Papa’s Spain

Through the years, I am amazed that I have retained such an affinity for Ernest Hemingway. The truth is, most of the subjects on which he writes are not topics to which I can relate – big game hunting, fishing, bullfighting, war – all of those hyper-masculine activities that make me shrug my shoulders instead of trying to relate. Plus, he is such a misogynist. The character of Maria in For Whom the Bell Tolls (which I finished in Spain, fittingly) has to be one of the characters in all of literature who annoyed me the most. The part where she is talking about how she intends to keep her figure for him to Richard Jordan made me want to vomit and commence binge eating all in the same moment.

Yet, in spite of all of those things, I love Hemingway. I love his terse prose and his distrust of adjectives, to concepts that I never seemed to master. I love the directness with the way he tells a story. As a result of those stylistic choices, he actually makes me interested in subjects like big game hunting and bullfighting.

I love the prose of Hemingway’s Africa. When I traveled to Africa in college, the only fiction work I brought with me was a dog-eared copy of the complete short stories of Hemingway. I loved the Paris described in Hemingway’s A Moveable Feast. Before I went to Paris for the first time, I reread that book and The Sun Also Rises and imagined the Paris of the Lost Generation. So fittingly, Hemingway had to go with me to Spain as well. I finished For Whom the Bell Tolls on the beach on the Costa del Sol and spent much of the remainder of my days contemplating the Spanish Civil War and even bullfighting.

A visit to Ronda’s famed, historic bullfighting arena certainly did the trick as well. Modern bullfighting was invented in Rhonda and today, the most highly esteemed contests are still held annually in Rhonda.

Here I am, looking more middle school cheerleader than famed matador in my suit of lights:

Ronda thinks highly of Hemingway. That named street placard at the top of this entry I found in Ronda.

Rhonda also has a few famous bridges spanning its tremendous gorge. The first thing that came to mind when I saw it was Robert Jordan, the American explosions specialist in For Whom the Bell Tolls. The entirety of that book takes place in the few days prior and the day of Robert Jordan’s assignment to blow up a particular bridge in hopes of stopping the fascist advance on Madrid. Clearly, the bridge in Ronda was not what Hemingway had in mind (the closest city to the action in the book is Segovia, on the north side of Madrid), but I still couldn’t stop thinking about it.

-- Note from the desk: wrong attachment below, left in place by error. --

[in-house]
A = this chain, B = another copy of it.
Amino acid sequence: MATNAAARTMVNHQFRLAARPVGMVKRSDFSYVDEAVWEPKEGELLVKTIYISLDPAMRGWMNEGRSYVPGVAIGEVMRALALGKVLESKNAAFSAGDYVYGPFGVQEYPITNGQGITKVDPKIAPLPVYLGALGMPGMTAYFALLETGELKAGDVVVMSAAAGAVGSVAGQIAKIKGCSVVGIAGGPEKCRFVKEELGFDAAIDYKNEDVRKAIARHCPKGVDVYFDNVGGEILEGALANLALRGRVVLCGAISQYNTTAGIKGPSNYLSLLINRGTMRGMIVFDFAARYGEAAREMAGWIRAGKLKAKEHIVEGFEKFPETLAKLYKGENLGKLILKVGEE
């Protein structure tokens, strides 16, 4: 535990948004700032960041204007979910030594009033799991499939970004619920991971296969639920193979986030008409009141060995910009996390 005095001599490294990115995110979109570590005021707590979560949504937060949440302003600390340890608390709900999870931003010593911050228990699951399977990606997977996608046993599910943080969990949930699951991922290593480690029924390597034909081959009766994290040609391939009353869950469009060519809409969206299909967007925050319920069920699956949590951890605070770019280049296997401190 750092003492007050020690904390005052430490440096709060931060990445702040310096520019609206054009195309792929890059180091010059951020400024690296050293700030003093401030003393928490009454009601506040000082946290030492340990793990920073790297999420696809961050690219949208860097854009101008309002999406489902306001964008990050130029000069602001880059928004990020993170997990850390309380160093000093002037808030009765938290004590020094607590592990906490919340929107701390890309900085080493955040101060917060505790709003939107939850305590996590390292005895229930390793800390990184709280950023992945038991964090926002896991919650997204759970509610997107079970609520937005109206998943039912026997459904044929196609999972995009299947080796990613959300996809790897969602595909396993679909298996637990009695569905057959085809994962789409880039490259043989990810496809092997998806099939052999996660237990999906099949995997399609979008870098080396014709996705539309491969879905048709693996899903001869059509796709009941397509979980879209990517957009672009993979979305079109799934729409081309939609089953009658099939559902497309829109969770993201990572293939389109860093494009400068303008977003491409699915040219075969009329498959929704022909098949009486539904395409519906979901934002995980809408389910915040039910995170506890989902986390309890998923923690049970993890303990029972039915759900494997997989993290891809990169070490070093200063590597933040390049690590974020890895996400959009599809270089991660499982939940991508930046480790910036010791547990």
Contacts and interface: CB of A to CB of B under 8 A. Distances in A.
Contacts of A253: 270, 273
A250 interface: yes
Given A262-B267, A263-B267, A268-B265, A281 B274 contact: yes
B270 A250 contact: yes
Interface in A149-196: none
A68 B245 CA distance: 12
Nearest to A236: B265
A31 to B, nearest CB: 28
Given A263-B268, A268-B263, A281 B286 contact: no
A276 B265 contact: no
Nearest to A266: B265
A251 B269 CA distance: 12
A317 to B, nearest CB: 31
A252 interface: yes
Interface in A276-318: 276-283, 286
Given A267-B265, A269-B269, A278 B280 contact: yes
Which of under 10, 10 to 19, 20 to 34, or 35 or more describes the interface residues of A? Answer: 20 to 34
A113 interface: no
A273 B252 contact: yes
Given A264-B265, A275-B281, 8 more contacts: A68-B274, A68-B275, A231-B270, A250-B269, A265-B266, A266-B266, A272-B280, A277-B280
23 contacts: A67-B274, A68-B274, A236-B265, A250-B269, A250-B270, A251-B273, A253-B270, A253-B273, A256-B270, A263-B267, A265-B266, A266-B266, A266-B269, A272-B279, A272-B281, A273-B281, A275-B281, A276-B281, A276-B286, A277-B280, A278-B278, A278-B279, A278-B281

Once you start thinking about the Spanish Civil War, it is really hard to stop thinking about it. Hemingway served as a war correspondent during it, and saw the horrors of it up close. I couldn’t stop thinking about it, because it was a complicated mess where people like me wouldn’t have fit in on either side.

The Reina Sofia Museum had an excellent portion of its museum devoted to the Spanish Civil War. It includes the most famous Picasso painting (and my single favorite Picasso work) Guernica, Picasso’s protest piece regarding the atrocities committed by Franco’s army on the civilian population living in that small town in northern Spain. French-made films of the Republican army attempting to defend Madrid against constant bombardment played in the background. Propaganda posters filled another gallery in the museum.

It is a war that I probably would have thought little about (except the bare minimum I needed to know for my AP European History Class in high school) unless it was for Hemingway. Now, I can’t stop thinking about it.

Heck, maybe I will even read Death in the Afternoon, about bullfighting now.

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